What is (and isn’t) in the budget for student borrowers
NEW YORK — President Trump’s budget proposal would cut funding for student aid and overhaul the student loan program.
If approved, it would slash the number of Work Study jobs for college students in half. And 2.9 million fewer low-income students would receive subsidized loans.
It would mean that future grads who pursue lower-paying, public service jobs will no longer be eligible for loan forgiveness after 10 years.
Some of the reforms are likely to help undergraduates at the expense of graduate students.
Those changes are expected to save $143 billion over the next 10 years, and more if the reduction in Work Study funding continues.
In a statement, Education Secretary Betsy DeVos said the budget “ensures funding for programs with proven results for students while taking a hard look at programs that sound nice but simply haven’t yielded the desired outcomes.”
Overall, President Trump’s proposal decreases spending for the Department of Education by 13.5% next year.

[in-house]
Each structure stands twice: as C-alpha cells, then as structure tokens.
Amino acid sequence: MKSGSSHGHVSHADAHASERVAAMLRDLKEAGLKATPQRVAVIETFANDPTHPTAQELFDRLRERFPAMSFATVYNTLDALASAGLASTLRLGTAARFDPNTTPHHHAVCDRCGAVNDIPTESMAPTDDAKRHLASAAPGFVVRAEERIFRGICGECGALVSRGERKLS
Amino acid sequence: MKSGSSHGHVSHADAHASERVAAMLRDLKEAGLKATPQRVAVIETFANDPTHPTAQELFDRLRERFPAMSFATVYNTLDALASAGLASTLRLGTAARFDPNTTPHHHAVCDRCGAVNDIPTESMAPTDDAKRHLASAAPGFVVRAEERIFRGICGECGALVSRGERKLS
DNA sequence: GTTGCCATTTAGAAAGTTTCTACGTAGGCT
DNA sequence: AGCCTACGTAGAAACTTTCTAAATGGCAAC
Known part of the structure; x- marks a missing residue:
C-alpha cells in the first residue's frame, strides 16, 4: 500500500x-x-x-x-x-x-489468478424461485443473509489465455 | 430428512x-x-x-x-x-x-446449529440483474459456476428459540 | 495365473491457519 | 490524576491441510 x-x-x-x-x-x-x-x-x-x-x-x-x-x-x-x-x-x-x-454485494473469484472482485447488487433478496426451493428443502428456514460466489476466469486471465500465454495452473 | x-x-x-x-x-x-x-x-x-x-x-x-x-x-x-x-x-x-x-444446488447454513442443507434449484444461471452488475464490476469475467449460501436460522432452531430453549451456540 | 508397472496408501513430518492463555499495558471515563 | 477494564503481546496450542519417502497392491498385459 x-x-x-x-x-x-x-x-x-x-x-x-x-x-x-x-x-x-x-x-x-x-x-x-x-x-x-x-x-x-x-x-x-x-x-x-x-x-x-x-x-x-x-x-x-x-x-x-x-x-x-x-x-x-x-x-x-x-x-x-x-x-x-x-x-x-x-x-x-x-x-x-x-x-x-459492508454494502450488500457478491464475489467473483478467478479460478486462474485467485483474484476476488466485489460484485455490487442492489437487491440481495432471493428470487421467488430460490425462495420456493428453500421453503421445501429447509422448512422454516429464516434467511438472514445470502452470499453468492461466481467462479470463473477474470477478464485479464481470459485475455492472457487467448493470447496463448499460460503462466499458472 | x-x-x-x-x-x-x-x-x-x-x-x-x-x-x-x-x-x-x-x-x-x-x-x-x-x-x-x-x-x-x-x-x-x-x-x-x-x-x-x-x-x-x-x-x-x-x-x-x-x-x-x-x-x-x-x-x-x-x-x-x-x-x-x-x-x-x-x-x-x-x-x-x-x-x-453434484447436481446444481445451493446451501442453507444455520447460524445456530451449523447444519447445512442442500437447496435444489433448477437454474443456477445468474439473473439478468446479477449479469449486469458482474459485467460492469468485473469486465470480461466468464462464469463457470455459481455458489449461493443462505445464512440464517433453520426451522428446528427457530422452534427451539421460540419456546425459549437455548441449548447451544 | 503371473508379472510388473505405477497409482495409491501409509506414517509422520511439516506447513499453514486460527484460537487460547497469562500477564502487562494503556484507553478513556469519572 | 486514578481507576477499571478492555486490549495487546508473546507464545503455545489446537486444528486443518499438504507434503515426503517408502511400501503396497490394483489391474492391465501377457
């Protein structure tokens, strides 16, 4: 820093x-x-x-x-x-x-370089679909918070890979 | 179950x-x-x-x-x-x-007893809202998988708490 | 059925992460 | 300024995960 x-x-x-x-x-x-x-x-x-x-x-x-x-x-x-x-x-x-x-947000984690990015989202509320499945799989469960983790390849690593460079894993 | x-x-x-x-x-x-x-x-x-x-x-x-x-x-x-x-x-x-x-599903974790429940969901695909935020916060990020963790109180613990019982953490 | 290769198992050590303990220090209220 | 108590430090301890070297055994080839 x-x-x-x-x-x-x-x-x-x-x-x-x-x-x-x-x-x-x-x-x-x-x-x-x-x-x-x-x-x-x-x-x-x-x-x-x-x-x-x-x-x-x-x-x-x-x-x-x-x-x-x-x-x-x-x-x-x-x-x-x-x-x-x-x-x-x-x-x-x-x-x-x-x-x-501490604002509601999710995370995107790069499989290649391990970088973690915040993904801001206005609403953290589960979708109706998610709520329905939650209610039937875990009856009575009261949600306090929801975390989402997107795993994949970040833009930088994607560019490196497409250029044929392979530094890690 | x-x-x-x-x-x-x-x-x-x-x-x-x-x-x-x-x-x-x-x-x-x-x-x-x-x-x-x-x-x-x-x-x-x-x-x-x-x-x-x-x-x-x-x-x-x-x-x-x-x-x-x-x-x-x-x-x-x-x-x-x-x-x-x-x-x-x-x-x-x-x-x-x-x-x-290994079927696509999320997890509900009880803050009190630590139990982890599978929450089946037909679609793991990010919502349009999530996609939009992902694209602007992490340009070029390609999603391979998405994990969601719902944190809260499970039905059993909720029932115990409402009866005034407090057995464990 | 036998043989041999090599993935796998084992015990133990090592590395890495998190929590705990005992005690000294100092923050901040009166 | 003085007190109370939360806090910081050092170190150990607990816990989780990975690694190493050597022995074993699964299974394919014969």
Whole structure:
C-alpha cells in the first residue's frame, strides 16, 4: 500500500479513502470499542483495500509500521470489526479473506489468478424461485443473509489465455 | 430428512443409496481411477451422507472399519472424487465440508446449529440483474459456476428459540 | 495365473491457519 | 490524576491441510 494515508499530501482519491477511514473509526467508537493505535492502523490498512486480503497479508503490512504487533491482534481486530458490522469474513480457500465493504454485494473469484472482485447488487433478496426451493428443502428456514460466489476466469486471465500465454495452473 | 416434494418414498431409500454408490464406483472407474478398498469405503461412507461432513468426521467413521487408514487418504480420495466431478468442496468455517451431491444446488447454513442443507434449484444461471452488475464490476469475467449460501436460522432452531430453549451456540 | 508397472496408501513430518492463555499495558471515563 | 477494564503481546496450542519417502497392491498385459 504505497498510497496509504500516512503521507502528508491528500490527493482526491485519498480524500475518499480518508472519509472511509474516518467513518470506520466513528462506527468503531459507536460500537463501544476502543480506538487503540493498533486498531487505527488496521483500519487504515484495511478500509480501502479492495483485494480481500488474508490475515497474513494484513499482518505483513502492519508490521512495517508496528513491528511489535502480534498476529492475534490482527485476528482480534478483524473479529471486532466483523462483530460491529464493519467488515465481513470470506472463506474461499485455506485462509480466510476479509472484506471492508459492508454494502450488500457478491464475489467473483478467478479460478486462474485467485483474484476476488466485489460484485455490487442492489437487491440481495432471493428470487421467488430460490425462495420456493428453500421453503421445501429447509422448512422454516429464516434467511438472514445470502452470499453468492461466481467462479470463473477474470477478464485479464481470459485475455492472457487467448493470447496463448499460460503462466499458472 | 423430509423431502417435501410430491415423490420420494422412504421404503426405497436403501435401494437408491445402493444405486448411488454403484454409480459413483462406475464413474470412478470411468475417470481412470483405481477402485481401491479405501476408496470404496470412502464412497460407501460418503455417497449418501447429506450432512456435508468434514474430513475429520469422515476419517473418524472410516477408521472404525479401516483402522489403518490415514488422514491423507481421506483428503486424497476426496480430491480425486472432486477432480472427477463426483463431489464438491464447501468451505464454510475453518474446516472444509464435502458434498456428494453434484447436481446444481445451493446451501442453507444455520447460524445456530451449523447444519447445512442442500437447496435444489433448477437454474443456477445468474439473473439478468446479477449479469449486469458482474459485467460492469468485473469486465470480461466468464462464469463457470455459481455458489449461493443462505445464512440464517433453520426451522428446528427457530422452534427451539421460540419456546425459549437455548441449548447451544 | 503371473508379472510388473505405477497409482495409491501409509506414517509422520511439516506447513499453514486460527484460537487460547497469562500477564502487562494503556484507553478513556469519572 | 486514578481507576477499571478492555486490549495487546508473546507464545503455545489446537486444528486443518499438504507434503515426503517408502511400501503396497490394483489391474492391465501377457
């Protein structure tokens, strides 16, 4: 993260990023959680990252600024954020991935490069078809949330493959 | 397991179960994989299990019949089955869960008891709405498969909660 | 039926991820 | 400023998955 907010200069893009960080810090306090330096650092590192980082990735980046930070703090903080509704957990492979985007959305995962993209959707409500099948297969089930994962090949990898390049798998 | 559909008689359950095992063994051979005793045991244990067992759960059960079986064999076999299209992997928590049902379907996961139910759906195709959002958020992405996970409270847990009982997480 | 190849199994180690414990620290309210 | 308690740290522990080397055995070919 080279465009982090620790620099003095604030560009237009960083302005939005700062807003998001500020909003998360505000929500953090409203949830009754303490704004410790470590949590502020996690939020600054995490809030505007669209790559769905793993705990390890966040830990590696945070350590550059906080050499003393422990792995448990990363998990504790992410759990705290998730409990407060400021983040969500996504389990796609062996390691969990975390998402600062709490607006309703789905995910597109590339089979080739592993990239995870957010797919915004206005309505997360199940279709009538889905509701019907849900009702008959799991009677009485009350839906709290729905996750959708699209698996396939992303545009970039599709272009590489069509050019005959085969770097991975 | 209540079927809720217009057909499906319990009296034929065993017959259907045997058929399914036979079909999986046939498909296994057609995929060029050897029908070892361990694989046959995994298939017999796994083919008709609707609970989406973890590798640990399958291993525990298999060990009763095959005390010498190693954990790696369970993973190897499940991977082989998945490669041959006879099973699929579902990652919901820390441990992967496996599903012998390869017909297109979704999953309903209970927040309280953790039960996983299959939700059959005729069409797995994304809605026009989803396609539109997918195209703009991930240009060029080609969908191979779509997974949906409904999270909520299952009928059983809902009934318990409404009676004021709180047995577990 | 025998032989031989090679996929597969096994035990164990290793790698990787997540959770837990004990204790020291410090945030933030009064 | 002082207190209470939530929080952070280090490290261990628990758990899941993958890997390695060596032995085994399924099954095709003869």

But the president’s budget is never adopted by Congress in its entirety. It does show, however, where the White House’s priorities lie.
1. Eliminate Subsidized Loans
Subsidized loans don’t accrue interest until after you finish school because the Department of Education pays while you’re enrolled at least half-time. Not everyone can take out a subsidized loan. You qualify based on your family’s income and size and they’re available for undergraduate students only.
As proposed, no subsidized loan would be given out after July 1, 2018, with an exception for students borrowing to complete their current course of study.
More than 6.9 million borrowers received a subsidized loan this year, for a total of $22.6 billion. Next year, the Trump budget proposes shifting some money toward unsubsidized loans, which do accrue interest while you’re in school.
This would save the government $38.9 billion over 10 years, according to the White House.
2. Eliminate the Public Service Loan Forgiveness Program